A spiritual compass that can help improve your relationship with God in the New Year

Dec 27, 2017 | Philip Kosloski

One of the best and most ancient spiritual comparisons that describes our life here on earth is the ship sailing towards the harbor of heaven. Saint Thérèse explained that it was one of her favorite analogies:

[T]he symbol of a ship always delights me and helps me to bear the exile of this life. Does not the Wise Man tell us—’Life is like a ship that passeth through the waves: when it is gone by, the trace thereof cannot be found.’

It reminds us that heaven is our true home and that our life on earth is temporary. All ships must come in at some point and cannot stay out at sea forever.

Additionally, ships out at sea must use a compass to ensure that they are going in the right direction. If the captain of a ship does not use a compass, he/she runs the risk of drifting off course and ending up in the wrong place. A storm in the middle of the ocean can easily take a ship off course and when the waters die down, the captain must use navigational tools to steer the ship in the right direction.

So too in the spiritual life.

If we are not oriented in the right direction and do not have a clear idea of where we are headed, it is easy to get side-tracked when the storms of life come and try to pummel us. We can then end-up drifting into dangerous territory that will further separate us from our final destination.

One “compass” that can help can our lives get back on track is the Ignatian practice of an “examen.” It is typically practiced on a daily basis and Crux puts it into five steps:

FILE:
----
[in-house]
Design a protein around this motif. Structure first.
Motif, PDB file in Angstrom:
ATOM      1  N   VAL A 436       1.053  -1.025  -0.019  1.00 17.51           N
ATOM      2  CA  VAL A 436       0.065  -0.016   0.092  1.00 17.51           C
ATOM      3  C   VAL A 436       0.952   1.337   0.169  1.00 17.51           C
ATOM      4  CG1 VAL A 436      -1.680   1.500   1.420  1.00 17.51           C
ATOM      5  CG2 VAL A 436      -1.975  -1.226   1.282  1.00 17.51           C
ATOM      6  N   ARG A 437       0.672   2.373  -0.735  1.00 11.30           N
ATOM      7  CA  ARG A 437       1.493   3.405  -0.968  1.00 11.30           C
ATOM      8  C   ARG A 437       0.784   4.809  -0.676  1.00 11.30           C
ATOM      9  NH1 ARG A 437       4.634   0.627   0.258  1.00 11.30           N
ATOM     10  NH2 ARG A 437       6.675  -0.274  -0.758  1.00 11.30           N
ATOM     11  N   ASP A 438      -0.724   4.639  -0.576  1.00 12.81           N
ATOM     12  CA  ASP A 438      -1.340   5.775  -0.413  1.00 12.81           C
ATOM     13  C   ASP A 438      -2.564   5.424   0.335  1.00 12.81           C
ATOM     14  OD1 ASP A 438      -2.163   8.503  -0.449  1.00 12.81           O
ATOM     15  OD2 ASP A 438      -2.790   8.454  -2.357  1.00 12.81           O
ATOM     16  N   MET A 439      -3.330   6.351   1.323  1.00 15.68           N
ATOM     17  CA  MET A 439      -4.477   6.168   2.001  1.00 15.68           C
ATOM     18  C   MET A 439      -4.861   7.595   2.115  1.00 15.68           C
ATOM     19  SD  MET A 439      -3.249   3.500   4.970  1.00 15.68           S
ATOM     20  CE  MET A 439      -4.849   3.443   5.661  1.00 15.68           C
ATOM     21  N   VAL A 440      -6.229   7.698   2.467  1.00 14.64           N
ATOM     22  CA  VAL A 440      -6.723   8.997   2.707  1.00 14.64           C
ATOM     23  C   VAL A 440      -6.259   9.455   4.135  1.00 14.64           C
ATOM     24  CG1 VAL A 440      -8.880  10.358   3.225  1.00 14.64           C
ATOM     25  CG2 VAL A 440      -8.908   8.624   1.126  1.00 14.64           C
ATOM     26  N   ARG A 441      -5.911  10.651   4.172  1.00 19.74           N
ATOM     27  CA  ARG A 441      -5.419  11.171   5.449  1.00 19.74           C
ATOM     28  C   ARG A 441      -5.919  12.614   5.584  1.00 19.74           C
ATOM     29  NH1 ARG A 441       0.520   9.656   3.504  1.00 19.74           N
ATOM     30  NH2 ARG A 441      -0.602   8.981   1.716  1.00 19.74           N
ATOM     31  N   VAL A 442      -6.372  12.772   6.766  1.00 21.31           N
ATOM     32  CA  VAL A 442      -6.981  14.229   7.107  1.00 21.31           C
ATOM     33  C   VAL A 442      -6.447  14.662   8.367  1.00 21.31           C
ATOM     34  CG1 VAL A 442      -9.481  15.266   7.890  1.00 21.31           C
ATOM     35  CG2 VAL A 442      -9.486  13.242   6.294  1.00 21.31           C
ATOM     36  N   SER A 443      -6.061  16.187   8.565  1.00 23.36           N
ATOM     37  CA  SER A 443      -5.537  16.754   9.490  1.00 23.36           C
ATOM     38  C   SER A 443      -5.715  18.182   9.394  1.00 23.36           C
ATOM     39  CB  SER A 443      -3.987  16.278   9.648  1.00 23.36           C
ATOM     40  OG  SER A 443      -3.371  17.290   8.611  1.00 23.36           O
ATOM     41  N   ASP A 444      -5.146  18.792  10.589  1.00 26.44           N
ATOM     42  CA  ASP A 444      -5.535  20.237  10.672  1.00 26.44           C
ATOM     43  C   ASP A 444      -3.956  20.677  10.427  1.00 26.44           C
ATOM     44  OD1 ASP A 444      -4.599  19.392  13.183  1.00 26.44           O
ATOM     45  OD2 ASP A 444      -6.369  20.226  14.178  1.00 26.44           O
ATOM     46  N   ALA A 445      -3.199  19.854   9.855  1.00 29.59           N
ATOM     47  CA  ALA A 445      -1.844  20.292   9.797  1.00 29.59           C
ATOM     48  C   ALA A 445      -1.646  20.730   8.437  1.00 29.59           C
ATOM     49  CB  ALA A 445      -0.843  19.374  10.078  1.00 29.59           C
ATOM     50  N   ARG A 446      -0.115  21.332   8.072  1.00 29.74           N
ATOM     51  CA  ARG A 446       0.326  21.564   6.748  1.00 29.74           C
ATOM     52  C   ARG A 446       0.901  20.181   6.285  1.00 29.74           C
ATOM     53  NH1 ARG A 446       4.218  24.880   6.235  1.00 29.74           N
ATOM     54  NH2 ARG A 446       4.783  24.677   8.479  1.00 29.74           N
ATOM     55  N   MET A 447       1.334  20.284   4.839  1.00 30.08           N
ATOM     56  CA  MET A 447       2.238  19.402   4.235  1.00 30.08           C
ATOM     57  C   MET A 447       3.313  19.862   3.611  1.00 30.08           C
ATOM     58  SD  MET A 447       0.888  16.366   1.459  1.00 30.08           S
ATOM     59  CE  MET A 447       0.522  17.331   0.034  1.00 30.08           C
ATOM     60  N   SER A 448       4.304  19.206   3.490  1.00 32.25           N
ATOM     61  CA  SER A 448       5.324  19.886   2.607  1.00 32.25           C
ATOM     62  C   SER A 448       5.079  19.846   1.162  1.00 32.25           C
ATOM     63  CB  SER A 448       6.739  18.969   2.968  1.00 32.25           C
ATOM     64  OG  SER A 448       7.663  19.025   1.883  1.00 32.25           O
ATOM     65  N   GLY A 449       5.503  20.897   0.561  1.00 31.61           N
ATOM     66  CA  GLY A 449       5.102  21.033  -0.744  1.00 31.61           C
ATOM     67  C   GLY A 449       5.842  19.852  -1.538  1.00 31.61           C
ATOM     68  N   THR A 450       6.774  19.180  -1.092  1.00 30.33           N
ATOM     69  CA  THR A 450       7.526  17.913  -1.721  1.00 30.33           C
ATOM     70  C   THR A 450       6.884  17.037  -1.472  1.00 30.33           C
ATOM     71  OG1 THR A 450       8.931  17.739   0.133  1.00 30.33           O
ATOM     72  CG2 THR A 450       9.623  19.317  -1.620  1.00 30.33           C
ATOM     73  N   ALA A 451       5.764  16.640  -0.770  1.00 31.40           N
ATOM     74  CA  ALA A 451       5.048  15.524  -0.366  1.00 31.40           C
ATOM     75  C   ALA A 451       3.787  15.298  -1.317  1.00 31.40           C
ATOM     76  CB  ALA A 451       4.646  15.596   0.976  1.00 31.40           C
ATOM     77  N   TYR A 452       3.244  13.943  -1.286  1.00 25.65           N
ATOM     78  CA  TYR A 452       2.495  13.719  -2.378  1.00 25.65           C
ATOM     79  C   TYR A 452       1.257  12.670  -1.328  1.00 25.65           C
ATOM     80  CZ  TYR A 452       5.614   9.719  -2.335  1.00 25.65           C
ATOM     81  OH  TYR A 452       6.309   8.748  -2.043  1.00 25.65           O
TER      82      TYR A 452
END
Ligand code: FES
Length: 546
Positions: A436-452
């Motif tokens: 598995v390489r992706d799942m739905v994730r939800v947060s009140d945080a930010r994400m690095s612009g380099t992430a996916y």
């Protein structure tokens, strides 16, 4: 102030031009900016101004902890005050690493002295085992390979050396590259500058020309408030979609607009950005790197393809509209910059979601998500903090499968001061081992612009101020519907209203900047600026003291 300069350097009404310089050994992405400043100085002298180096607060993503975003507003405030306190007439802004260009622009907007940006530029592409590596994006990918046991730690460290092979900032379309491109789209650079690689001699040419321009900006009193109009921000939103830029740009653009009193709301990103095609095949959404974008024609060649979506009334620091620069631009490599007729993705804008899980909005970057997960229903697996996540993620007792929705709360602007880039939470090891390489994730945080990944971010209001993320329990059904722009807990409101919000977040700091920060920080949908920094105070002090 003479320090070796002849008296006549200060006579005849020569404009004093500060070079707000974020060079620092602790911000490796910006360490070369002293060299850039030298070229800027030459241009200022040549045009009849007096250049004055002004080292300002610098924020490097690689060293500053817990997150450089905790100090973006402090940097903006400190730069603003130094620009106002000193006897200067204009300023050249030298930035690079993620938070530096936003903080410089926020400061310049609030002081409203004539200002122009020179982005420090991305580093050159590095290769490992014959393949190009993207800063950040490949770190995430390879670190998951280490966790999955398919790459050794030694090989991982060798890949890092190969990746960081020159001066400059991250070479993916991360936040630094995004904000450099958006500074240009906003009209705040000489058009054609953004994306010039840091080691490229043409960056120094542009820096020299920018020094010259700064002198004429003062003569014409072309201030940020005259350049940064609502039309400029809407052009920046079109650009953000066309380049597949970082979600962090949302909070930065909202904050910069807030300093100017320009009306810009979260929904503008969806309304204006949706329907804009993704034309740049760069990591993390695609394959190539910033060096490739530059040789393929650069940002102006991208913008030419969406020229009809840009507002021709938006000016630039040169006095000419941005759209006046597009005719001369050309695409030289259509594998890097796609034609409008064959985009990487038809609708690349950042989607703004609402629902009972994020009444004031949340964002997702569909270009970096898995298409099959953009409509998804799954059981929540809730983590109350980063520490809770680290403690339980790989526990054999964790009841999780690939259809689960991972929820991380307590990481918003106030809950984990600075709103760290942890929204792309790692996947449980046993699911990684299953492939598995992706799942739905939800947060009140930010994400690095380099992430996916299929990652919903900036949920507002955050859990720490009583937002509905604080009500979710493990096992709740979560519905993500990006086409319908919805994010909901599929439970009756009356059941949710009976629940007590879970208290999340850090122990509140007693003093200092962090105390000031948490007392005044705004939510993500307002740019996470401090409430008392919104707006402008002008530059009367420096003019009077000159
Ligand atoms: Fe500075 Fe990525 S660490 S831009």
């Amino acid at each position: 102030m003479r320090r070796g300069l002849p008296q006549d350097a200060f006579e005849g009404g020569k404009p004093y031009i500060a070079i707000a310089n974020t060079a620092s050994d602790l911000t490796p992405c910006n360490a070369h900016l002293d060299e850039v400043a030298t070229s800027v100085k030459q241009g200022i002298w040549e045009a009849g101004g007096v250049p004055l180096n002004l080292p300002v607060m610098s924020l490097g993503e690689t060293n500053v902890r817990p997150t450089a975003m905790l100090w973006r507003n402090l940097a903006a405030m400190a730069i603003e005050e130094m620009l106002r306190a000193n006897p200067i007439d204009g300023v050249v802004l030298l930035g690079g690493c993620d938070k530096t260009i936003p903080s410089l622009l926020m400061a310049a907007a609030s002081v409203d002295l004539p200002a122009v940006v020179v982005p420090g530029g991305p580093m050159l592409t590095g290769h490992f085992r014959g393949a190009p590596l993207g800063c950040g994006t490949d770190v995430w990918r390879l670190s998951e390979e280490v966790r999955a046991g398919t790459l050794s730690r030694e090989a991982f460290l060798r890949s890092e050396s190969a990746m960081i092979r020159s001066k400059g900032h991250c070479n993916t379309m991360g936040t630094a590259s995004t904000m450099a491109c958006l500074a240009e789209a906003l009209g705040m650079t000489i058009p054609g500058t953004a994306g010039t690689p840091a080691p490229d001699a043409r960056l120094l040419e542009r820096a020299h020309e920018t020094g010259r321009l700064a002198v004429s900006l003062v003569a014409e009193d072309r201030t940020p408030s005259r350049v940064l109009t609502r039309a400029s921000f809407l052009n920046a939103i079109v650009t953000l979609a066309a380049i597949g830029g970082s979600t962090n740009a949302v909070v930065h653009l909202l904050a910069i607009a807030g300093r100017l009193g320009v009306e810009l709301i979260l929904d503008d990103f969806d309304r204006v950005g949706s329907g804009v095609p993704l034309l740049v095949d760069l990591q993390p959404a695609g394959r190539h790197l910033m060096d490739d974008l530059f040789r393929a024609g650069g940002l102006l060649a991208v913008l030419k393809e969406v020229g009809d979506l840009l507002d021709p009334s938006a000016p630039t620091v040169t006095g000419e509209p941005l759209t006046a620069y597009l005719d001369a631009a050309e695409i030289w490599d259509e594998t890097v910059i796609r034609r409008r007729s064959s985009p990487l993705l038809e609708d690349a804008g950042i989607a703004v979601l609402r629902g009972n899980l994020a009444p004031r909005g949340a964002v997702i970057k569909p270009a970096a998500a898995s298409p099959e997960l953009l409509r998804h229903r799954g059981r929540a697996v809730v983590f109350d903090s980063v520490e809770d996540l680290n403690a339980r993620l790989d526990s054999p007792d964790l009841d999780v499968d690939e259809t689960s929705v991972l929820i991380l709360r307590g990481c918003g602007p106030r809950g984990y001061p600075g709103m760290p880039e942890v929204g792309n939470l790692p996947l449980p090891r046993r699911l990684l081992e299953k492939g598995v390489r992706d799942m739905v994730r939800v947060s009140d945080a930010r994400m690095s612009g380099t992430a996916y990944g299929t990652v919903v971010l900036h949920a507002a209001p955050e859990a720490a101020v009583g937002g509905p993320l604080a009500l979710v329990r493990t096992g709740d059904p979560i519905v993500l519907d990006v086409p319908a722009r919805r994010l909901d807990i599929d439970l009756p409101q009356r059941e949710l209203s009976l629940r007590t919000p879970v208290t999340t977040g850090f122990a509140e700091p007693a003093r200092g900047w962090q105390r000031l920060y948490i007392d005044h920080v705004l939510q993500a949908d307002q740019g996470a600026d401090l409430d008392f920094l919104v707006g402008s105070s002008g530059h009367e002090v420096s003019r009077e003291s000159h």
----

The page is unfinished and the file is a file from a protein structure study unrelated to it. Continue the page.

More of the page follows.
1. Become aware of God’s presence.
2. Review the day with gratitude.
3. Pay attention to the emotions and feelings you experienced today. Excitement? Envy? Resentment? Boredom? Anger? Joy? This is the part when you realize how you may have been, well, not your best self at different parts of the day. Maybe, instead, you were judgmental, unkind, gossipy, downright nasty, or even cruel. Consider this. Consider your feelings. Are they significant, indicative of bigger issues in your life?
4. Pick one or two strong feelings from the day and pray from them. Ask if these feelings drew you closer to God, or not. Made you feel more whole, alive, and generous, or more anxious, fearful, and self-centered? Did they hurt or built up relationships?
5. Look toward tomorrow. What’s coming up? How do you feel about the day? Nervous? Enthusiastic? Doubtful? Confident? Why? Pray on these feelings as well.

It’s a beautiful practice, one that can help a person understand what is going on in their soul and bring it God.

Taking it one step further, this examen can also be practiced on a yearly basis. The end of December is a perfect time to consider what has transpired over the past year and to look at it in gratitude. That is certainly not always easy to do, but it helps us understand God’s presence in all things. We can then look over the past year and see what common threads occurred and in what areas we need improvement.

After spending an extended amount of time in prayer, we can then look forward to the coming year and define specific goals that we want to accomplish. In the midst of all of this, we bring ourselves to Jesus and ask him to heal us and our hearts. If we want to accomplish great things in 2018, we can only do so with the help of God.

If you are looking to sail toward better shores in 2018, try the examen and let God calm the storms in your heart.


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We pray that religious women and men, and seminarians grow in their own vocations through their human, pastoral, spiritual and community formation, leading them to be credible witnesses to the Gospel.